With the exception of the Danish People’s Party, the same process can be seen working against anti-immigration parties across the entire Western world. In Belgium and the Netherlands the major parties openly oppose any possibility of a coalition with Vlaams Belang and the PVV respectively. In the United States the same fate awaits Sarah Palin if she ever seriously attempts to usurp power from the castrated country-club weaklings who are in charge of the Republican Party.
And in Britain the cordon has closed tightly around Nick Griffin and the BNP. “Red Ken” Livingstone, the former mayor of London, spoke for the consensus of the ruling class in yesterday’s Guardian:
The BBC’s gift to the BNP
Nick Griffin on primetime TV is a political advance for the BNP and a great disservice to Britain’s anti-racist, democratic majority
The defence for inviting the BNP is to “defeat their arguments” and “expose their real politics”. But fascist political parties advance if they enter the mainstream of political life. The far right takes every inch.
This is a joke. The “far right” — meaning those who desire that ethnic autochthons should retain control of the politics and culture within their own countries — have scarcely gained a millimeter. The lockstep media wall guarantees that they will remain shut out of power until the entire liberal edifice collapses.
One the comments below the Red Ken’s op-ed drew the attention of a reader. He says:
The comments below the article show that the author’s views belong to the minority. One of the best: “The more I think about it, the more I find it morally acceptable, if not desirable, to maintain native cultures at the cost of a diverse life in Britain. Europe is on our doorstep and the world is getting smaller. It must surely be better to maintain individual cultures and go see them where one can, than melt them down into one non-cohesive mess.”
This point of view should be abbreviated into a slogan: ‘Save our Native Culture’ and exported throughout the USA and Europe.
The entire comment in question:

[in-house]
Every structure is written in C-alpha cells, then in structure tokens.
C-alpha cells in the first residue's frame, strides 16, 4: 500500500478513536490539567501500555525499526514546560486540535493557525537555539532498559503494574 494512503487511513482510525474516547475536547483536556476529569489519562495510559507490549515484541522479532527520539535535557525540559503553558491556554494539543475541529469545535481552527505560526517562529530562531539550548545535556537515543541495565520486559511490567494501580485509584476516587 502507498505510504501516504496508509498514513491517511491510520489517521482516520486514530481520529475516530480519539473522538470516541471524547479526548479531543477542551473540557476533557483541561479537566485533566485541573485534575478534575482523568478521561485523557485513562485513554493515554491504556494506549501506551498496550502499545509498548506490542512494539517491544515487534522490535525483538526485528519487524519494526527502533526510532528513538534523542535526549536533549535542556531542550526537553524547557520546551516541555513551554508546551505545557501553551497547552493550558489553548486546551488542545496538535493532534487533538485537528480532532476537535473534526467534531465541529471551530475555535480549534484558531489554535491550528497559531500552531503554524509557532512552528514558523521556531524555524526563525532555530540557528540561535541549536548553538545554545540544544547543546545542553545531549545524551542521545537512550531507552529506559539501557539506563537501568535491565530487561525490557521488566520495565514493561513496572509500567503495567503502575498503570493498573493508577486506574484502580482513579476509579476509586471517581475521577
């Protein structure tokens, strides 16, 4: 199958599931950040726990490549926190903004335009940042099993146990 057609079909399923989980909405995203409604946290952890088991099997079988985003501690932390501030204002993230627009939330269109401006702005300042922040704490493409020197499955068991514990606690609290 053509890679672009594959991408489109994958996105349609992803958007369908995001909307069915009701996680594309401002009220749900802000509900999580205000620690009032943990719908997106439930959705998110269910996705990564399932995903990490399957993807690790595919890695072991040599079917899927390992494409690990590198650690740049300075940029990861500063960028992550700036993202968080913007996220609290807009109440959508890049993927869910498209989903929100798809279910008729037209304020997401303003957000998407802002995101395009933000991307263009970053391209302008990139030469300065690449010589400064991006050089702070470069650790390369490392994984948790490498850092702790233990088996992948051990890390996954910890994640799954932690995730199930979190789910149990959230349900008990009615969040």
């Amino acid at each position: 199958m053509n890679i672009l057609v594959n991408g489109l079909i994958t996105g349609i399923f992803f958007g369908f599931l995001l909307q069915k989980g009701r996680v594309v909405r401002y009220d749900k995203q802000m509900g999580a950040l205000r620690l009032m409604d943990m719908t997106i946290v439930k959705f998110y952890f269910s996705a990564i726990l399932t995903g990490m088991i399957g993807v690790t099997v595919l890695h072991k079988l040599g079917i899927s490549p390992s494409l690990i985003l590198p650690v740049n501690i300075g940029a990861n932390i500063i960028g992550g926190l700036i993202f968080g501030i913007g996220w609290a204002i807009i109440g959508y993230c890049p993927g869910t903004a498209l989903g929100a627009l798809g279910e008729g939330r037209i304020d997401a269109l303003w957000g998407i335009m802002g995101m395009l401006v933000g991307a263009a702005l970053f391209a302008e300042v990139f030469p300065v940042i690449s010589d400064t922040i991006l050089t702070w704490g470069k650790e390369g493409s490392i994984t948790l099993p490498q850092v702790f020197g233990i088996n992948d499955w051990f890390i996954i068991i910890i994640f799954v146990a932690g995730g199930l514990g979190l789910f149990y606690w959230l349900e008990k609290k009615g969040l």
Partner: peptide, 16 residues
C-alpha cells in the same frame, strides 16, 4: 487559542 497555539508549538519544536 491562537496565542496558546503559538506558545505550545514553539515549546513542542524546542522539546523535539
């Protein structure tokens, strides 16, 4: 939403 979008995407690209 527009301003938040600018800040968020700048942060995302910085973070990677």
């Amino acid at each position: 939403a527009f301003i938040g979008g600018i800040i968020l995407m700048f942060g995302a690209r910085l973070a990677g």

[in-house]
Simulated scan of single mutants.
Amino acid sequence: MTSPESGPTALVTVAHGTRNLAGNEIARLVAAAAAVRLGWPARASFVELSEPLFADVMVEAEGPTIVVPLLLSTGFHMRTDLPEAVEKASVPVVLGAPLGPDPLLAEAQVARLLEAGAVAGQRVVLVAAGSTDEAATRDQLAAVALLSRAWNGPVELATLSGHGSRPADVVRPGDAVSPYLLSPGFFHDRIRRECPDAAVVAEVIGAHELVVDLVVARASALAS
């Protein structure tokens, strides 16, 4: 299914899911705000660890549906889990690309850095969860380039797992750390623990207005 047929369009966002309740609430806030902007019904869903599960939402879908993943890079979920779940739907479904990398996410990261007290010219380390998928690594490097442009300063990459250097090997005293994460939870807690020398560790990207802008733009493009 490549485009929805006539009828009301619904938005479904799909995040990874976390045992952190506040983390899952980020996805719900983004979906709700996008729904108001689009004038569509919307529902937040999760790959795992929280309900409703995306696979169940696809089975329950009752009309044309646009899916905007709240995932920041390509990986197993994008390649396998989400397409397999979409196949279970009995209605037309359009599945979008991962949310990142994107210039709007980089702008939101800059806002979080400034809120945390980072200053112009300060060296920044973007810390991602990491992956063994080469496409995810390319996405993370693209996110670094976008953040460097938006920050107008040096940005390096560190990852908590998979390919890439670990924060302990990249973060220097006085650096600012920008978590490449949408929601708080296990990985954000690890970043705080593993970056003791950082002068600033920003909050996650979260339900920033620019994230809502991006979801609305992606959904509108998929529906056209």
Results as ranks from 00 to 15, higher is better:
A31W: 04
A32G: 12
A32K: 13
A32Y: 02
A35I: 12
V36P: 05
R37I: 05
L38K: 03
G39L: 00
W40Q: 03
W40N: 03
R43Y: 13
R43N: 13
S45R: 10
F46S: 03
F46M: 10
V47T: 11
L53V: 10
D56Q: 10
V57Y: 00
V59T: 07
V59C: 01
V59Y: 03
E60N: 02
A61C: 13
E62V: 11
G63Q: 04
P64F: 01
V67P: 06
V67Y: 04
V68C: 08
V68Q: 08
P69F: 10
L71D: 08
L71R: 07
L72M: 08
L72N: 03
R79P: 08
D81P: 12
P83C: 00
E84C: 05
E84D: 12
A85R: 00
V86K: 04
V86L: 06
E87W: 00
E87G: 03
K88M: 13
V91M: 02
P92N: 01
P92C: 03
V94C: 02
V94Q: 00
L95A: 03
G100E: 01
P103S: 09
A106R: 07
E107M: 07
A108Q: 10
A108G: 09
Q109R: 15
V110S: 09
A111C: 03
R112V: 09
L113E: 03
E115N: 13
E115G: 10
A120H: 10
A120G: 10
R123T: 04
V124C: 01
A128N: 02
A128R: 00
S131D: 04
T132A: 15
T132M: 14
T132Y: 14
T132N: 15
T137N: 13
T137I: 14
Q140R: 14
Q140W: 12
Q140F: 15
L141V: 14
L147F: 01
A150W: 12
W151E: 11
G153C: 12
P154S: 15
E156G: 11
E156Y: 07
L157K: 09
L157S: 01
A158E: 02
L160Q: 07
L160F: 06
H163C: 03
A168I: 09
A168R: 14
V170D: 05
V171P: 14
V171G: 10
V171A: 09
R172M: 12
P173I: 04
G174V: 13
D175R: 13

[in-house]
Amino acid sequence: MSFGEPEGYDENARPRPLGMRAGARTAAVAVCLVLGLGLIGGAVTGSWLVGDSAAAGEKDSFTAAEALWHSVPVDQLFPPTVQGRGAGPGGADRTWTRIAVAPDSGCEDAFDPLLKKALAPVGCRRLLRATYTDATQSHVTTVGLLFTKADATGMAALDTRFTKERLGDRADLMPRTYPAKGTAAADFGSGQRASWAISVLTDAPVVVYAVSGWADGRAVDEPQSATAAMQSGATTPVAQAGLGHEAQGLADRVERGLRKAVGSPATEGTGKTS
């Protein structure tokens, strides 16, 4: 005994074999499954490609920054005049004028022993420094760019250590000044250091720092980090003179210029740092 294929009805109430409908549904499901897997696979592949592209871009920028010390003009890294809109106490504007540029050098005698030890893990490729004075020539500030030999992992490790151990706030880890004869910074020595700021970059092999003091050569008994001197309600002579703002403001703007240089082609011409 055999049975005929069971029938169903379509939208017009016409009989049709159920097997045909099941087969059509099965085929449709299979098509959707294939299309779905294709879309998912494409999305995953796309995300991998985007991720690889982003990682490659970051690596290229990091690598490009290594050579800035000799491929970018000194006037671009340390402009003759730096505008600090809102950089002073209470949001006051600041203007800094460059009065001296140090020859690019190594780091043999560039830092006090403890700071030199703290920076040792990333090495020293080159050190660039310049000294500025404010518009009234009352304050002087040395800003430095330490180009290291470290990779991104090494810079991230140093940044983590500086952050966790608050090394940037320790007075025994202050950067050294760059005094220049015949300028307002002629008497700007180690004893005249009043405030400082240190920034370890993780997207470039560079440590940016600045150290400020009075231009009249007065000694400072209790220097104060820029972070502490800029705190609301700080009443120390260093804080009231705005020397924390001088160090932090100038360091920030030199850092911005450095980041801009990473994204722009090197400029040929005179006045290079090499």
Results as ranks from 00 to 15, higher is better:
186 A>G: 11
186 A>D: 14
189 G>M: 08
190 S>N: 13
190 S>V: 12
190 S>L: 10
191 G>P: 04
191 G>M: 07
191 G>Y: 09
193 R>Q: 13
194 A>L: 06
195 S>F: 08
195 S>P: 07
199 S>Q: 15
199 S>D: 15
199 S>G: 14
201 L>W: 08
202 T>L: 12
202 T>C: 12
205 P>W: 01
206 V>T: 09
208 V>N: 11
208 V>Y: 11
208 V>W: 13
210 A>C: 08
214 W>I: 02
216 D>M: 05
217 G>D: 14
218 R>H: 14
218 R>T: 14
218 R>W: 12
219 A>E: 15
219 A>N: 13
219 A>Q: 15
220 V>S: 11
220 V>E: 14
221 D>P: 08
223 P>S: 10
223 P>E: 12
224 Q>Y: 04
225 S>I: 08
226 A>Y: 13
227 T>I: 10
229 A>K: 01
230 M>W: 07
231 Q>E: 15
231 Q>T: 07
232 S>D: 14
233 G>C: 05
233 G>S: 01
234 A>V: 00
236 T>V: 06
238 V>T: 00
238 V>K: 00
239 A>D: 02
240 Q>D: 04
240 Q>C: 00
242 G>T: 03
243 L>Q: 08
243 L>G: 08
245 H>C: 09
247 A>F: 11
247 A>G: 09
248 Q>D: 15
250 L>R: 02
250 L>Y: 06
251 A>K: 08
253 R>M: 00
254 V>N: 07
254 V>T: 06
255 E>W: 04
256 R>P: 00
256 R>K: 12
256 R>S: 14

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The constant retort that immigration has benefited our own British culture is nonsense. For a start, there is no such thing as British culture. There are English, Northern Irish, Welsh and Scottish cultures. A culture is a reflection of the ethnic group through various manifestations of its achievements: language, the arts, religion or customs for example. Every ethnic group has a right to express and maintain its own culture. That is the basis of the doctrine of multi-culturalism. From the point that Britain began to change into a multi-cultural state the indigenous culture, although still dominant by numbers, began to change by the very fact that when such a multitude of cultures are forced to co-exist each must mitigate itself. Cultures cannot remain mutually exclusive when they are forced to co-exist, there are going to be overlaps and newly created common grounds in the hope that a decent quality of life is maintained for both. This is inevitable and it would be folly to try and deny that. Indeed we can’t or we wouldn’t have equalities ministers and social cohesion quangos and so on. This perhaps goes someway to explaining why the Labour government and Conservative opposition appear so out of touch — they simply label it as “diversity” and call it “good”. Maintaining the fact that a culture can only be defined by individual groups it’s clear that multi-culturalism cannot therefore add a thing to the native cultures of Britain, it can only change life in Britain by adding to the range of experiences available. Life in Britain is what Mr Livingstone is attempting to defend, this new and multi-cultural, diverse Britain. There are of course advantages to this. Different food, different experiences for example. But there are of course disadvantages, lack of social cohesion, loss of native identity and transformation of the country as a whole. Mr Griffin and the British National Party are trying to defend the native cultures as opposed to Mr Livingstone’s life in Britain. This begs the question, which is it right to defend? I’m left wondering that if the native cultures of these Isles are not protected within these very isles, then where else can they possibly hope to exist? What happens once they are mitigated out of recognition in this “melting pot” island and consigned to the history books? On the other hand, defending life in Britain means defending large numbers of different peoples right to their right to maintain their own culture in the place they were born. If Mr Griffin had been able to articulate this accurately (which he possibly might have been able to) then who knows, the night might have been more of a success. However, he didn’t and Ken Livingston is doing exactly as described above and whitewashing over the negative social effects of what this country is going through. People are going to recognise that and by the time Mr Griffin is on question time again, Red Ken and his ilk might have poured enough fuel on the fire to ignite a backlash. Despite his fumblings, Griffin did make a point and I’ve tried to describe it here. The more I think about it, the more I find it morally acceptable, if not desirable, to maintain native cultures at the cost of a diverse life in Britain. Europe is on our doorstep and the world is getting smaller. It must surely be better to maintain individual cultures and go see them where one can, than melt them down into one non-cohesive mess.